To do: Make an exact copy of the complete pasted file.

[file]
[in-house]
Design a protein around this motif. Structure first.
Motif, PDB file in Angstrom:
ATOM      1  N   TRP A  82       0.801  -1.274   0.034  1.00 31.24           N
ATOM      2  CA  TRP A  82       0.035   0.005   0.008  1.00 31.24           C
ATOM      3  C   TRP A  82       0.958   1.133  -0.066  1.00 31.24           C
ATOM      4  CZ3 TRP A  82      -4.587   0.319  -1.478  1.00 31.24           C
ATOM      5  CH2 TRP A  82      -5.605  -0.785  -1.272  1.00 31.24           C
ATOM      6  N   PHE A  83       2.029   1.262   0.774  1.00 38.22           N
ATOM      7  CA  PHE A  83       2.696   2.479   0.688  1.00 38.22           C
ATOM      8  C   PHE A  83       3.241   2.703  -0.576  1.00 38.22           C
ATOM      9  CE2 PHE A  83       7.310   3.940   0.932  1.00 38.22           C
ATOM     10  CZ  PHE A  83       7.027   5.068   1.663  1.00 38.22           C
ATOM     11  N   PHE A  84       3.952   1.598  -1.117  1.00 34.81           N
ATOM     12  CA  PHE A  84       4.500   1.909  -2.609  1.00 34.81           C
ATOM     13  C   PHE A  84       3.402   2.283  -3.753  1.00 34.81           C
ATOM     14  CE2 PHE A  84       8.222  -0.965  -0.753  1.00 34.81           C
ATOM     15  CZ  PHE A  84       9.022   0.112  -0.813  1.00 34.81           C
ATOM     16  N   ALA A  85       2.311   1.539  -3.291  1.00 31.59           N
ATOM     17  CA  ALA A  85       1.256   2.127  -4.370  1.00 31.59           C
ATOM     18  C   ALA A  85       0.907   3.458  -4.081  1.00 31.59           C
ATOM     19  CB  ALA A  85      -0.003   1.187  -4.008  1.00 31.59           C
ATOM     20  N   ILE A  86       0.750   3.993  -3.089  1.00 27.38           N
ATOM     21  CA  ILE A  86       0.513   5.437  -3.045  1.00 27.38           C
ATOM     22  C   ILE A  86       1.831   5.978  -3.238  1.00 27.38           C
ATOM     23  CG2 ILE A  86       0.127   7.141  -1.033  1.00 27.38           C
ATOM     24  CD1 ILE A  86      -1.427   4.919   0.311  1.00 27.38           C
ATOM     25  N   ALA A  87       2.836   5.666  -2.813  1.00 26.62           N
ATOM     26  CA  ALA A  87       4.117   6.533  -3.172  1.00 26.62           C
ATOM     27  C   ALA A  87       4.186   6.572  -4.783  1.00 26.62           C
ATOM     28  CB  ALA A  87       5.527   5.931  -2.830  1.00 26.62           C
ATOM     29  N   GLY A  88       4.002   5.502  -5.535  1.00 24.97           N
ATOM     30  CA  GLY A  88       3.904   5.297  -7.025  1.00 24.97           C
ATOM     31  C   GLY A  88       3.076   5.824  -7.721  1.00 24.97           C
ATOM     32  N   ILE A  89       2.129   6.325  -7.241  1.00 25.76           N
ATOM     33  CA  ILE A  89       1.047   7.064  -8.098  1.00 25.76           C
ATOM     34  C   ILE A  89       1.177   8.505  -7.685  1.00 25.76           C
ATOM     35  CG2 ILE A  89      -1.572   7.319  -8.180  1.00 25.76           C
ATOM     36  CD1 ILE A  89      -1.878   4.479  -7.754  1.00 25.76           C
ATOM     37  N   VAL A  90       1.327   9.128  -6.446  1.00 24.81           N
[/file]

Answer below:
[in-house]
Design a protein around this motif. Structure first.
Motif, PDB file in Angstrom:
ATOM      1  N   TRP A  82       0.801  -1.274   0.034  1.00 31.24           N
ATOM      2  CA  TRP A  82       0.035   0.005   0.008  1.00 31.24           C
ATOM      3  C   TRP A  82       0.958   1.133  -0.066  1.00 31.24           C
ATOM      4  CZ3 TRP A  82      -4.587   0.319  -1.478  1.00 31.24           C
ATOM      5  CH2 TRP A  82      -5.605  -0.785  -1.272  1.00 31.24           C
ATOM      6  N   PHE A  83       2.029   1.262   0.774  1.00 38.22           N
ATOM      7  CA  PHE A  83       2.696   2.479   0.688  1.00 38.22           C
ATOM      8  C   PHE A  83       3.241   2.703  -0.576  1.00 38.22           C
ATOM      9  CE2 PHE A  83       7.310   3.940   0.932  1.00 38.22           C
ATOM     10  CZ  PHE A  83       7.027   5.068   1.663  1.00 38.22           C
ATOM     11  N   PHE A  84       3.952   1.598  -1.117  1.00 34.81           N
ATOM     12  CA  PHE A  84       4.500   1.909  -2.609  1.00 34.81           C
ATOM     13  C   PHE A  84       3.402   2.283  -3.753  1.00 34.81           C
ATOM     14  CE2 PHE A  84       8.222  -0.965  -0.753  1.00 34.81           C
ATOM     15  CZ  PHE A  84       9.022   0.112  -0.813  1.00 34.81           C
ATOM     16  N   ALA A  85       2.311   1.539  -3.291  1.00 31.59           N
ATOM     17  CA  ALA A  85       1.256   2.127  -4.370  1.00 31.59           C
ATOM     18  C   ALA A  85       0.907   3.458  -4.081  1.00 31.59           C
ATOM     19  CB  ALA A  85      -0.003   1.187  -4.008  1.00 31.59           C
ATOM     20  N   ILE A  86       0.750   3.993  -3.089  1.00 27.38           N
ATOM     21  CA  ILE A  86       0.513   5.437  -3.045  1.00 27.38           C
ATOM     22  C   ILE A  86       1.831   5.978  -3.238  1.00 27.38           C
ATOM     23  CG2 ILE A  86       0.127   7.141  -1.033  1.00 27.38           C
ATOM     24  CD1 ILE A  86      -1.427   4.919   0.311  1.00 27.38           C
ATOM     25  N   ALA A  87       2.836   5.666  -2.813  1.00 26.62           N
ATOM     26  CA  ALA A  87       4.117   6.533  -3.172  1.00 26.62           C
ATOM     27  C   ALA A  87       4.186   6.572  -4.783  1.00 26.62           C
ATOM     28  CB  ALA A  87       5.527   5.931  -2.830  1.00 26.62           C
ATOM     29  N   GLY A  88       4.002   5.502  -5.535  1.00 24.97           N
ATOM     30  CA  GLY A  88       3.904   5.297  -7.025  1.00 24.97           C
ATOM     31  C   GLY A  88       3.076   5.824  -7.721  1.00 24.97           C
ATOM     32  N   ILE A  89       2.129   6.325  -7.241  1.00 25.76           N
ATOM     33  CA  ILE A  89       1.047   7.064  -8.098  1.00 25.76           C
ATOM     34  C   ILE A  89       1.177   8.505  -7.685  1.00 25.76           C
ATOM     35  CG2 ILE A  89      -1.572   7.319  -8.180  1.00 25.76           C
ATOM     36  CD1 ILE A  89      -1.878   4.479  -7.754  1.00 25.76           C
ATOM     37  N   VAL A  90       1.327   9.128  -6.446  1.00 24.81           N